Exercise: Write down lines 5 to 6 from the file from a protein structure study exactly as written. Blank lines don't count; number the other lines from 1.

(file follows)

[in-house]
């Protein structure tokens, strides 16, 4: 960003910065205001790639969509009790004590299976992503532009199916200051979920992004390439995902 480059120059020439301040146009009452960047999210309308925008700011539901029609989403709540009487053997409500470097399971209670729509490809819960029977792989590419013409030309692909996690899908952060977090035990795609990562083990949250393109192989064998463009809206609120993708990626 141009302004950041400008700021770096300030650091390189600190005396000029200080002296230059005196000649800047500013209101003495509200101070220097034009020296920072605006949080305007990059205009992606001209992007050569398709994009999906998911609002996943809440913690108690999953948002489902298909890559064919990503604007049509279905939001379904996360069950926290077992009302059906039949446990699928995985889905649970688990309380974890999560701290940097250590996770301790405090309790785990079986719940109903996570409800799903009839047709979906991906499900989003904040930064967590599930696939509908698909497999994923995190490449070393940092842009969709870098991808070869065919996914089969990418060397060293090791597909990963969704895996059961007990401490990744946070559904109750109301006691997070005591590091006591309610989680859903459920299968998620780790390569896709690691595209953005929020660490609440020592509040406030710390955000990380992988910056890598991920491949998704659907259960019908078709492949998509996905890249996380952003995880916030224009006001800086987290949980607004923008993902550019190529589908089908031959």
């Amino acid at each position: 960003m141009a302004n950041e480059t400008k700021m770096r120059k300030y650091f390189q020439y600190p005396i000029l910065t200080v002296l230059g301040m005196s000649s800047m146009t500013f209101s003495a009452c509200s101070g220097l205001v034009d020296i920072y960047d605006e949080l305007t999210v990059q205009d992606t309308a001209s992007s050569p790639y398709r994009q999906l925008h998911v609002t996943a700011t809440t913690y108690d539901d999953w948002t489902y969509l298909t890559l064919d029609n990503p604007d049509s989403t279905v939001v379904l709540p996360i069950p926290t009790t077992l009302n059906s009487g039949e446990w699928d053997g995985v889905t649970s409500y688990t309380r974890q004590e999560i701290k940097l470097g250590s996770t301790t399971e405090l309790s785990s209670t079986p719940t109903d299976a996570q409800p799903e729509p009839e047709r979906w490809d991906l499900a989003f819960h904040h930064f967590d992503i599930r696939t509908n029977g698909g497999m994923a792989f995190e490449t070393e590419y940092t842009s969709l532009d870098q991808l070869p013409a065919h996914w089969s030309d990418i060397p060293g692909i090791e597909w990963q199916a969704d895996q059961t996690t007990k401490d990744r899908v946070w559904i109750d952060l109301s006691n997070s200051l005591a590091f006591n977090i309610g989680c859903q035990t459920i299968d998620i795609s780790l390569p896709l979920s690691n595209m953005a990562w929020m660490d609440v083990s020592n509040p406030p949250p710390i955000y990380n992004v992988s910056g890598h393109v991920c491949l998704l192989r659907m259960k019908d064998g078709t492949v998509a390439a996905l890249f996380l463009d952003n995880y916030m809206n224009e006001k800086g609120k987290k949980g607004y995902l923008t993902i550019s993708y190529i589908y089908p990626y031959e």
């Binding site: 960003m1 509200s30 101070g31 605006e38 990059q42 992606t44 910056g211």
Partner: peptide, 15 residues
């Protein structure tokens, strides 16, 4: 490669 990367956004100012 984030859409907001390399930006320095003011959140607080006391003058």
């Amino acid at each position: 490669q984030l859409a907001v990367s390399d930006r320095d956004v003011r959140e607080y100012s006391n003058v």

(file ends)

Partner: peptide, 15 residues
């Protein structure tokens, strides 16, 4: 490669 990367956004100012 984030859409907001390399930006320095003011959140607080006391003058």